Cindy Han

Maine Calling Producer

Cindy’s first foray into journalism after graduating from Columbia University’s Graduate School of Journalism was to intern with CNN in China in the wake of the Tiananmen Square massacre. She then worked in print journalism over the decades, as a factchecker, writer and editor, with publications ranging from the Los Angeles Times Magazine to the magazine of the National Zoo—where she walked past the cheetahs on the way to work each morning—to a food trends magazine. 

 

Her broadcast work has included doing radio news in college and in Taiwan, as well as reporting for a TV public affairs program at WQED in Pittsburgh. Cindy began working as a volunteer with Maine Public Radio’s call-in show Maine Calling when it first went on the air and stuck around until she came on board as a full-time producer in 2018. She sometimes fills in to host the show. She is thrilled to be a part of a program that helps inform, engage and connect people across Maine—and beyond.

 

Before moving to Maine with her husband and three kids, Cindy lived in many different places, growing up in Ohio and Maryland, and later living in New York, Los Angeles, Pittsburgh, and Maryland again. She can’t neglect to mention her family’s dog, Otto, who is shaggy and funny.

Ways to Connect

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The COVID-19 pandemic has caused most people more stress and anxiety — and sometimes the emotional and mental toll can be overwhelming. The Centers for Disease Control found that suicidal thoughts and behavior have risen sharply during the pandemic, especially among younger people, essential workers and racial minorities. September is Suicide Prevention Awareness month, and we discuss how to know when someone needs help, and how to connect them to that help.


Robert F. Bukaty / AP

Although Maine is still doing well in terms of COVID-19 cases relative to other states, recent case numbers are on the upswing. We'll hear from Nirav Shah, director, Maine CDC, about the recent surge of cases in York County and how the state is dealing with the pandemic, including contact tracing, enforcement of guidelines, increased testing and more. We'll also discuss how Dr. Shah is planning to stem the spread of the virus through the months ahead. And, as always, he'll take listener questions about the coronavirus and its effects on Mainers.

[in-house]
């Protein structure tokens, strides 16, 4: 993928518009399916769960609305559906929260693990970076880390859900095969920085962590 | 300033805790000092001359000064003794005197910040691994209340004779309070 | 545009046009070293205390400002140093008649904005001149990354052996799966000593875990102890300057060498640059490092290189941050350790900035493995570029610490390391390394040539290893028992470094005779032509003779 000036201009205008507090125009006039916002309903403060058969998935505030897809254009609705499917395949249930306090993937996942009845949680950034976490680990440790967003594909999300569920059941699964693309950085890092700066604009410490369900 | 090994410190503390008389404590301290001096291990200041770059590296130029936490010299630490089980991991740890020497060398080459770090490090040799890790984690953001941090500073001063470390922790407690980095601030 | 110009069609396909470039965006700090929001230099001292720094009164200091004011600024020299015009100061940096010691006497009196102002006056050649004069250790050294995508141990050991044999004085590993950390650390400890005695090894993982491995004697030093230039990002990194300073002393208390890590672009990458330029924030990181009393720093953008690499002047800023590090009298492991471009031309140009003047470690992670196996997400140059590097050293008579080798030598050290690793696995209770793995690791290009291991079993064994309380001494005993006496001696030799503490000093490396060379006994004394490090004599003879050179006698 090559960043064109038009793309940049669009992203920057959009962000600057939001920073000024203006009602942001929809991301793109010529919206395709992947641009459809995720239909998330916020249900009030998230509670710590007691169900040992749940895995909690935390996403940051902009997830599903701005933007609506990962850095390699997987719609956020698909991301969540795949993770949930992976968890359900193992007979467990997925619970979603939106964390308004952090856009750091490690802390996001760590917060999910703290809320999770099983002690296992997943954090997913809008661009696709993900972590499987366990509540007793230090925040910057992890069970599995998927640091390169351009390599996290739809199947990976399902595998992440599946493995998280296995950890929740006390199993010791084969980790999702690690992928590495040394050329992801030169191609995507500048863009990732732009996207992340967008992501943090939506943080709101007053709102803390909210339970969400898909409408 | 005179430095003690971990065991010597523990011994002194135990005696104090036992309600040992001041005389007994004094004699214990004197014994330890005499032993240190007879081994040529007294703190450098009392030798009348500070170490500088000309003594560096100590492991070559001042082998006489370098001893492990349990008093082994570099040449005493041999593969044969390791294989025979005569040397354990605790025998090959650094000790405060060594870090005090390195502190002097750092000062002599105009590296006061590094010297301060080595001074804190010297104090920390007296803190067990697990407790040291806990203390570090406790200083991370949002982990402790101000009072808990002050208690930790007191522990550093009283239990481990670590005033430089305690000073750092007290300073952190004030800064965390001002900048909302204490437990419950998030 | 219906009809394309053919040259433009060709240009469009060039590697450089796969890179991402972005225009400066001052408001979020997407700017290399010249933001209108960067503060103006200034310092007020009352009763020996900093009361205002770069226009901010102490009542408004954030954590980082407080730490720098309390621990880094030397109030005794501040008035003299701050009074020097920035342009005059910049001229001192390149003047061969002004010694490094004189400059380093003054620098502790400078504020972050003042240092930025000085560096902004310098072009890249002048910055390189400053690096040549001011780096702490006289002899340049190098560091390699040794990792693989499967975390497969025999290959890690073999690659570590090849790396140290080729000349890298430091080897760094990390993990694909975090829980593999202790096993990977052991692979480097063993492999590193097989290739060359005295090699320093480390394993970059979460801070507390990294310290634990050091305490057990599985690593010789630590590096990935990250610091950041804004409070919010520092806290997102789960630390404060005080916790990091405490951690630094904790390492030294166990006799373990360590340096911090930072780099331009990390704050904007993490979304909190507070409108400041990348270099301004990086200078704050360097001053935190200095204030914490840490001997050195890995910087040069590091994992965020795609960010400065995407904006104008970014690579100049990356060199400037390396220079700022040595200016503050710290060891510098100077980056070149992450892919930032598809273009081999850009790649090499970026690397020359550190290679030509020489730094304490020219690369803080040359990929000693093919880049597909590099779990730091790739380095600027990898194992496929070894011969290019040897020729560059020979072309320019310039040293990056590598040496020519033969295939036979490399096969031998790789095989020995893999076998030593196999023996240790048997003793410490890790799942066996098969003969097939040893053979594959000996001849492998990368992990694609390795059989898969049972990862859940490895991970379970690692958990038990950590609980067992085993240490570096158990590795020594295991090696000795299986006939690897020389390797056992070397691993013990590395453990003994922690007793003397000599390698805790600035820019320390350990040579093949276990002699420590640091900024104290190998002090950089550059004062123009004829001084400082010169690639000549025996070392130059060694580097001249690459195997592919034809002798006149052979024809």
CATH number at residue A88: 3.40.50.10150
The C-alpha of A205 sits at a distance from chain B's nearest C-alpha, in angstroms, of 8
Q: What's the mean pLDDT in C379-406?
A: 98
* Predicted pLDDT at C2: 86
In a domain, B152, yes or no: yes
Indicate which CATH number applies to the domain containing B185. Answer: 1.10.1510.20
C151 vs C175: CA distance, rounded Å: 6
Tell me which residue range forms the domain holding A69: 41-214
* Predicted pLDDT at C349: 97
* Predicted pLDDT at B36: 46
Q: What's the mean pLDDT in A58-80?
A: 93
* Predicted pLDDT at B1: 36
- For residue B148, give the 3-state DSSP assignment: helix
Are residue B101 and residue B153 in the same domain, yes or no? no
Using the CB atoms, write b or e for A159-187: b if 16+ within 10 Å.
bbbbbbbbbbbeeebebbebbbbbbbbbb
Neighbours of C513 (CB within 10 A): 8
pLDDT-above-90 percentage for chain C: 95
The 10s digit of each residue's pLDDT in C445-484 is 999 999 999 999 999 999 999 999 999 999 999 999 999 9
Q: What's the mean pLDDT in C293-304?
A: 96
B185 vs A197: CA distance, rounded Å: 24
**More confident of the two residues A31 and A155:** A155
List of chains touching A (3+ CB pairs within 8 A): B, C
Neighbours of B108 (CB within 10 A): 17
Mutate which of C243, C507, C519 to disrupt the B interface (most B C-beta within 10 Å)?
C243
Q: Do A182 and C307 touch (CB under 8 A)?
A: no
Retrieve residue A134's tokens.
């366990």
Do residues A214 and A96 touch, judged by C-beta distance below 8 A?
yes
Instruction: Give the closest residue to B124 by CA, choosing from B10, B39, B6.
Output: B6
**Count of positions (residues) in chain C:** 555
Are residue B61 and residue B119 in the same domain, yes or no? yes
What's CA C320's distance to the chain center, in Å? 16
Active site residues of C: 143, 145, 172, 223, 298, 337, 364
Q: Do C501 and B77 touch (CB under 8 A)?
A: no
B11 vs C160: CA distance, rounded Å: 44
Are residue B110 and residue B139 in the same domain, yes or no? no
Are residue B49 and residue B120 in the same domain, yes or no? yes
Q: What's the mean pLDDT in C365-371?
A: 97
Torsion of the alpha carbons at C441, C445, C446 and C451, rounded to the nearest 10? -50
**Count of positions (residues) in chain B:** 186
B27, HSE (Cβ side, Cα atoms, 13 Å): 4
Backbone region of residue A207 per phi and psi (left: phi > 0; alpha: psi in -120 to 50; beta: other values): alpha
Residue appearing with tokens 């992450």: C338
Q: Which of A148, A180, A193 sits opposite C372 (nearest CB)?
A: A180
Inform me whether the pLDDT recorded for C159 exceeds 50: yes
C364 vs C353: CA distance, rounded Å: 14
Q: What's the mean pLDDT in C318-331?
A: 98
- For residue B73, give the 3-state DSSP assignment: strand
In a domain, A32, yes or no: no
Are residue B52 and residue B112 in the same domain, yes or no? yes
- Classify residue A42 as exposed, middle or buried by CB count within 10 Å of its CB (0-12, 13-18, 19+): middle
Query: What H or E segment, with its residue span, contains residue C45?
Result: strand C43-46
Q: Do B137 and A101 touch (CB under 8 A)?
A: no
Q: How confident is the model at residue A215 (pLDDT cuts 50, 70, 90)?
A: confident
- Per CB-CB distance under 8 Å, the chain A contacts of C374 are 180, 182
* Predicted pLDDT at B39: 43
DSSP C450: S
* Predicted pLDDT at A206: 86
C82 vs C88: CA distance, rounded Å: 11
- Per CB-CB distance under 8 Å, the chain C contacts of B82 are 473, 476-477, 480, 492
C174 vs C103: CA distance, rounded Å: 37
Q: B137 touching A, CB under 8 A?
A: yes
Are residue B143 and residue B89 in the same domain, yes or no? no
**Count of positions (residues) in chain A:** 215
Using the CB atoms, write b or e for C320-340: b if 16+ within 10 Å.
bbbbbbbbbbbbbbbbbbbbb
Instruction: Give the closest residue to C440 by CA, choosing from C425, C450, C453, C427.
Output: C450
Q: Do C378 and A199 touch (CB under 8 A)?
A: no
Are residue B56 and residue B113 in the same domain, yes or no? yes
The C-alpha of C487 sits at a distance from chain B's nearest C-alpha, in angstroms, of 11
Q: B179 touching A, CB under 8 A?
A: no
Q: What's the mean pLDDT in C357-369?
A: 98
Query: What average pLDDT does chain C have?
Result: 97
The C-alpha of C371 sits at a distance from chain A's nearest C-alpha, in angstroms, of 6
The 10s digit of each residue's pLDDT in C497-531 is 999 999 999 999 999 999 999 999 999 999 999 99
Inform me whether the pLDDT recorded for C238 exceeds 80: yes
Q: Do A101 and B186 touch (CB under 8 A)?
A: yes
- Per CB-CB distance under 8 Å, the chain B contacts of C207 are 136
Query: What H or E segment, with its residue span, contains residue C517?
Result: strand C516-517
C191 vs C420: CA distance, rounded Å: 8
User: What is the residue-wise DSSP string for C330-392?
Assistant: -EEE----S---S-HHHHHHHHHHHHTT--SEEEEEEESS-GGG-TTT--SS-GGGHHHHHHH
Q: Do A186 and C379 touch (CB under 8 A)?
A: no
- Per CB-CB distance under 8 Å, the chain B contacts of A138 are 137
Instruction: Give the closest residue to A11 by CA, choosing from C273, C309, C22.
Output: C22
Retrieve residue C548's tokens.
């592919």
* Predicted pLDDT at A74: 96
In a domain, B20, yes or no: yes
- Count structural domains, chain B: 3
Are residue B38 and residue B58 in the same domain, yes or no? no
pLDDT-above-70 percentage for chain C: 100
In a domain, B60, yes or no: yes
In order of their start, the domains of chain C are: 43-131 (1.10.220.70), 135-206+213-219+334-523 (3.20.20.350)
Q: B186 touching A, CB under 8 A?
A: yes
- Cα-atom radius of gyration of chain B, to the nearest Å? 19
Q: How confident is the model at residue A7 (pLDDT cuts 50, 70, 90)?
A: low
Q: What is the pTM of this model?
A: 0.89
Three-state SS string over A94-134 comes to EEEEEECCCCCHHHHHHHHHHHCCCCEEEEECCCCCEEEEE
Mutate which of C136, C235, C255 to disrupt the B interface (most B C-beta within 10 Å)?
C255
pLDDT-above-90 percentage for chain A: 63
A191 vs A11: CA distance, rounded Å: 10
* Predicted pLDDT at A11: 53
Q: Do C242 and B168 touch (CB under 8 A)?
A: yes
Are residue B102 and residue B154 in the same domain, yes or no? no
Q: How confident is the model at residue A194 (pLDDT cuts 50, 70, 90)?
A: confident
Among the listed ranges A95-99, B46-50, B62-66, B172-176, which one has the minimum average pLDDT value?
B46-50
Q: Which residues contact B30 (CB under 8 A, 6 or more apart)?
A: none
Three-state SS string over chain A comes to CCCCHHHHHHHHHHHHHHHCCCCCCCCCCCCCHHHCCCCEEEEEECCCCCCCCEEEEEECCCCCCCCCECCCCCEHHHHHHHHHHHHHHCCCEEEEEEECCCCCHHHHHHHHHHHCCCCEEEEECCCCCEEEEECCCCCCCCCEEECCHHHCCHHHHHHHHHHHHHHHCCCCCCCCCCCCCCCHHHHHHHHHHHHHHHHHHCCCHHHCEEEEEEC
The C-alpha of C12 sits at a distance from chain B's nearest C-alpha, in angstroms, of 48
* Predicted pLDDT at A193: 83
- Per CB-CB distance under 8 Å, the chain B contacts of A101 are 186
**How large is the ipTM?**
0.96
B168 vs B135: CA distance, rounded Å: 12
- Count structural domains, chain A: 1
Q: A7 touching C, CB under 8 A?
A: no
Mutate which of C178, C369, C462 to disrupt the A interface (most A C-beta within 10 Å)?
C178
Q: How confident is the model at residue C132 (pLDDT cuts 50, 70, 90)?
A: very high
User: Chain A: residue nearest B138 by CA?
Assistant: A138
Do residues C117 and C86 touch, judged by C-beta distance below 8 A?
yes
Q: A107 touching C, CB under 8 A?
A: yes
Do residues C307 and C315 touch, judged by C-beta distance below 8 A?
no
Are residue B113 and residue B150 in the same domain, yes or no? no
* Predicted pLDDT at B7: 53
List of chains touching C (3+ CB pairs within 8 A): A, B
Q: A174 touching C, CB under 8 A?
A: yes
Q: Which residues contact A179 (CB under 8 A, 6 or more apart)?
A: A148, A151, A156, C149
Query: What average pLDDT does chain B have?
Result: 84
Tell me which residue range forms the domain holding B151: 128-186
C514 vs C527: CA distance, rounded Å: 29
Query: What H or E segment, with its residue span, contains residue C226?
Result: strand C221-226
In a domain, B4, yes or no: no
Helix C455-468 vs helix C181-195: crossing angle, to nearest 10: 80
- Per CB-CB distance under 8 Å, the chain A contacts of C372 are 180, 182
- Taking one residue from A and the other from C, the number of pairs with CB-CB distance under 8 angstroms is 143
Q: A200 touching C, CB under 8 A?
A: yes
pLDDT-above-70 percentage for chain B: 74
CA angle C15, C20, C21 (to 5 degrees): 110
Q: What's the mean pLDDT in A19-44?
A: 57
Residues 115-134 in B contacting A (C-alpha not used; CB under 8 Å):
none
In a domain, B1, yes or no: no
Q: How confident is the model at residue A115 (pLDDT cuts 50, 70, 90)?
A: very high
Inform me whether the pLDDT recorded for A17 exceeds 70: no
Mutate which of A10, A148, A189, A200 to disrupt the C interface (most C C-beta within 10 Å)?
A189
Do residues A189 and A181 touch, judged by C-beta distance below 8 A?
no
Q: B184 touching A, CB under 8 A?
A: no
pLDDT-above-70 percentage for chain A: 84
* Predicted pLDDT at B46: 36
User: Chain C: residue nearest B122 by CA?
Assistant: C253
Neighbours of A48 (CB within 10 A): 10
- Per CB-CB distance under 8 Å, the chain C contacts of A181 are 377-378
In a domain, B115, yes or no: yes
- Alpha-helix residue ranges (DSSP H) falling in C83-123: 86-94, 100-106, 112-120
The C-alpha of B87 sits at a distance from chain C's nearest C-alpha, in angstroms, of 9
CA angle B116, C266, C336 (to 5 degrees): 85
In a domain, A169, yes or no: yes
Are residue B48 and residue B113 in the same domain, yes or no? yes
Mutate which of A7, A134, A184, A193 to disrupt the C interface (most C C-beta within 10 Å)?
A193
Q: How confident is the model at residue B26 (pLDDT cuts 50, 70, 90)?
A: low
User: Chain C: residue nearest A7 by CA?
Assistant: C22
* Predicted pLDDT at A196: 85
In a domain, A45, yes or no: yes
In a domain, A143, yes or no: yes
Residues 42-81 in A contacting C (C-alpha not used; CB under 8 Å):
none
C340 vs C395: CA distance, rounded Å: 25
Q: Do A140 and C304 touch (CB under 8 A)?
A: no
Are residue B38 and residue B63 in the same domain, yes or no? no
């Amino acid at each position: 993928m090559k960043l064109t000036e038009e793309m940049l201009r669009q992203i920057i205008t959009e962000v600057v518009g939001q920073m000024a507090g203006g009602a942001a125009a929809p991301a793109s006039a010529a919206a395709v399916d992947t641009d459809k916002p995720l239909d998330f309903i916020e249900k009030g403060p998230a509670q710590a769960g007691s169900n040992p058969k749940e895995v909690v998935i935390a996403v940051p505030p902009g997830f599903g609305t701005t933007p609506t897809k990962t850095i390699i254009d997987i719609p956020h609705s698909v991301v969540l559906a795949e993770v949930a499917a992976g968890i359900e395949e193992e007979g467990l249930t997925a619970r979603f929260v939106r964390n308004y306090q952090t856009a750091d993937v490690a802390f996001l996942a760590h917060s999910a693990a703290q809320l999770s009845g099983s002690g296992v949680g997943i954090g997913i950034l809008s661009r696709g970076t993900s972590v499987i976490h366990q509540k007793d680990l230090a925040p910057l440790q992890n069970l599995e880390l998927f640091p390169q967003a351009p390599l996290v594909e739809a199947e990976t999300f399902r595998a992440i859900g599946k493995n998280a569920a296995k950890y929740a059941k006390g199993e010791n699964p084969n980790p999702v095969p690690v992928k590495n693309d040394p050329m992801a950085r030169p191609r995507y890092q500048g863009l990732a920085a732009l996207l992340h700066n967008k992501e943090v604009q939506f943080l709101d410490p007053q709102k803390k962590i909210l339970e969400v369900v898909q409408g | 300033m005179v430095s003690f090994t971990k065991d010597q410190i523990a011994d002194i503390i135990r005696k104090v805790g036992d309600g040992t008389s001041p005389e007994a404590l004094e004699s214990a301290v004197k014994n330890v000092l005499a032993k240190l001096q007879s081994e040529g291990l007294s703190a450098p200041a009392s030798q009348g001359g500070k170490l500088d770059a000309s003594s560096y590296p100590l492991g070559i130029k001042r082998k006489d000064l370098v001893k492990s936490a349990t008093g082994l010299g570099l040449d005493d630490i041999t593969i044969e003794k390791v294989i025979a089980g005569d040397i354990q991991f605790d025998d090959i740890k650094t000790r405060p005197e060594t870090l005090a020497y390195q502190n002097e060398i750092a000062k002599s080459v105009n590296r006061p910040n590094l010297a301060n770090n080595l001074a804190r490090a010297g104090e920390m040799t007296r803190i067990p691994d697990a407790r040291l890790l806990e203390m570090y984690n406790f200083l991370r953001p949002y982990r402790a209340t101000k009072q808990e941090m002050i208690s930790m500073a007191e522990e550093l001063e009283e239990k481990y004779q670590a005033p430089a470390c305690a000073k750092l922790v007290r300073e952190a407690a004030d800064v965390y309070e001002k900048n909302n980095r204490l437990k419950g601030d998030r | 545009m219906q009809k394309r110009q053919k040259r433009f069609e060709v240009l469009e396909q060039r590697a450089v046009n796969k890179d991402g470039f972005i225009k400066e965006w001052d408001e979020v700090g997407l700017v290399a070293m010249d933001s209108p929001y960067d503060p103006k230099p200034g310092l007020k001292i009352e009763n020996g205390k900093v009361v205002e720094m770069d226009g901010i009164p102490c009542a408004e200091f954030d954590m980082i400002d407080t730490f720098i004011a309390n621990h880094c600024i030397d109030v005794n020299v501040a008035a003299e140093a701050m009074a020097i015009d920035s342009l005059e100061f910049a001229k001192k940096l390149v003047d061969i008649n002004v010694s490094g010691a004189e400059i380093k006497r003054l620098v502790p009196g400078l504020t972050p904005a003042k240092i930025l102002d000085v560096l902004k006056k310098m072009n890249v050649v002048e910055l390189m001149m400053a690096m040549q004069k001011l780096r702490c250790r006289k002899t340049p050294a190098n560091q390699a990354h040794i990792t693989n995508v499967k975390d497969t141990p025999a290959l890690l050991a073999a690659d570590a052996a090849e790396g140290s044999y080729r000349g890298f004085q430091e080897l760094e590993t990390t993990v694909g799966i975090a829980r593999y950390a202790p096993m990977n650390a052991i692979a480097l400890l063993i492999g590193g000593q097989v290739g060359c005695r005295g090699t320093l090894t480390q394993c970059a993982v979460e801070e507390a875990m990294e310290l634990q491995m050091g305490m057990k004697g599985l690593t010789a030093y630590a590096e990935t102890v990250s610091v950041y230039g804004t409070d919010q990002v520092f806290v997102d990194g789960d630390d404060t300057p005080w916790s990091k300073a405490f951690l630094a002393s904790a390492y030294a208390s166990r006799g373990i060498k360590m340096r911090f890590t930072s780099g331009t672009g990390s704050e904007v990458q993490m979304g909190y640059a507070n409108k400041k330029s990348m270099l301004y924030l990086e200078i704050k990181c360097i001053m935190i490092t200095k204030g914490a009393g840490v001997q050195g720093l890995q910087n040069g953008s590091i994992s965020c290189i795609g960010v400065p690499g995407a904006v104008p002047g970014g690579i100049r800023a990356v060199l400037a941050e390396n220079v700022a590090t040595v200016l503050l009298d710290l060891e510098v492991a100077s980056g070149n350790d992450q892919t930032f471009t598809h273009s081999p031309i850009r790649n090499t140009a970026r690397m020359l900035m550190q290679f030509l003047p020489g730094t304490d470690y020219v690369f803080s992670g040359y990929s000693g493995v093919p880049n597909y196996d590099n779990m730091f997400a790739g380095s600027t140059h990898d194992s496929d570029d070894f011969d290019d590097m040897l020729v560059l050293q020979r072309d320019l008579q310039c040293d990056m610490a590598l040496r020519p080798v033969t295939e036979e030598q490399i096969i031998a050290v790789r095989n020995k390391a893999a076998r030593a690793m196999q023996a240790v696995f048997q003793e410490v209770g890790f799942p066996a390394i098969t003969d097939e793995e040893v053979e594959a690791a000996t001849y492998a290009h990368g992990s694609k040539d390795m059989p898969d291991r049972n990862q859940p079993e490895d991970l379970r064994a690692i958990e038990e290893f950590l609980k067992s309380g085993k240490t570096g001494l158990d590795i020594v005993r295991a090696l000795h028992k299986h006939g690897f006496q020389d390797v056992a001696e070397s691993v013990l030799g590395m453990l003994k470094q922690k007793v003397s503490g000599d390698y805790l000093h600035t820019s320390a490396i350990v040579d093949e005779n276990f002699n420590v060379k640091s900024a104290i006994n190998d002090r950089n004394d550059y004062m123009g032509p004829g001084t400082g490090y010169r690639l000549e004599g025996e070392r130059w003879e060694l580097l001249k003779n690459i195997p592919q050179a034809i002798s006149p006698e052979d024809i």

Portland Museum of Art

This show is part of Maine Calling's ongoing coverage of topics relating to Maine's bicentennial.

Marking the September 25th opening of a major exhibit on artists Winslow Homer and Frederic Remington at the Portland Museum of Art, we examine the significance of Homer's work and his time in Maine. The seminal period in Homer's career spent living and painting on Maine's rocky coast have produced some of the paintings that are considered masterpieces in American art--and defining images of Maine.


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Since the onset of the pandemic, the already prevalent problems of scams have gotten worse, often using some reference to COVID-19 to target people--particularly older people. Some pose as contact tracers to get private information; others claim to offer cures or tests--for a price--to prey on victims. We will learn about the nature of these scams, and what to do to spot them--or to deal with the aftermath if you've fallen for one.   


Robbie Feinberg / Maine Public

Municipal governments have seen many firsts in recent years, as more people from other countries have stepped up and run for public office. We’ll talk with some of the immigrants who hold elected office in Maine to learn about their backgrounds, why they chose to serve—whether on City Council or School Board—and hear their views on the growing role of immigrants in Maine. We’ll also discuss how their perspectives have forwarded more efforts toward racial justice statewide.


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We check in on how the start of school has been for districts across the state, whether students are attending in-person, remotely, or in some hybrid of the two. We’ll talk to educators, parents, students—and Maine’s DOE Commissioner about the challenges and successes of the first weeks of school, and we’ll hear about some schools that have had to alter their game plans.